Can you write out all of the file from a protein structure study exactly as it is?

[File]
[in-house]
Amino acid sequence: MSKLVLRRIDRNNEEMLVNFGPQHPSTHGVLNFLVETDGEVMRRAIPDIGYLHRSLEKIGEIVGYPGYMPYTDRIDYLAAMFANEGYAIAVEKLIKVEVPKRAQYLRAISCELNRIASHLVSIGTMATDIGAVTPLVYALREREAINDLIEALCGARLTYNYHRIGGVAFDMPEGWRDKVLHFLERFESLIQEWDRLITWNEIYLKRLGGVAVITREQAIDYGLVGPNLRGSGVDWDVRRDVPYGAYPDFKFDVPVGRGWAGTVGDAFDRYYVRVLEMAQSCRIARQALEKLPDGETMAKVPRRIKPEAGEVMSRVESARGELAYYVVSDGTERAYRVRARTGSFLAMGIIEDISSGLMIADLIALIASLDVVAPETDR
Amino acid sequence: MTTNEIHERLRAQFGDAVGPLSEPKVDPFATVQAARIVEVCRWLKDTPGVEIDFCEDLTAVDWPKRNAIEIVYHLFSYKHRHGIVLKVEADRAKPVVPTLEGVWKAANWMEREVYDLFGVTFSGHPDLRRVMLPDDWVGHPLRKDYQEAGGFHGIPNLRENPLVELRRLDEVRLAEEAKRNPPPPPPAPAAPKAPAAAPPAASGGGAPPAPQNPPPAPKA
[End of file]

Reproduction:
[in-house]
Amino acid sequence: MSKLVLRRIDRNNEEMLVNFGPQHPSTHGVLNFLVETDGEVMRRAIPDIGYLHRSLEKIGEIVGYPGYMPYTDRIDYLAAMFANEGYAIAVEKLIKVEVPKRAQYLRAISCELNRIASHLVSIGTMATDIGAVTPLVYALREREAINDLIEALCGARLTYNYHRIGGVAFDMPEGWRDKVLHFLERFESLIQEWDRLITWNEIYLKRLGGVAVITREQAIDYGLVGPNLRGSGVDWDVRRDVPYGAYPDFKFDVPVGRGWAGTVGDAFDRYYVRVLEMAQSCRIARQALEKLPDGETMAKVPRRIKPEAGEVMSRVESARGELAYYVVSDGTERAYRVRARTGSFLAMGIIEDISSGLMIADLIALIASLDVVAPETDR
Amino acid sequence: MTTNEIHERLRAQFGDAVGPLSEPKVDPFATVQAARIVEVCRWLKDTPGVEIDFCEDLTAVDWPKRNAIEIVYHLFSYKHRHGIVLKVEADRAKPVVPTLEGVWKAANWMEREVYDLFGVTFSGHPDLRRVMLPDDWVGHPLRKDYQEAGGFHGIPNLRENPLVELRRLDEVRLAEEAKRNPPPPPPAPAAPKAPAAAPPAASGGGAPPAPQNPPPAPKA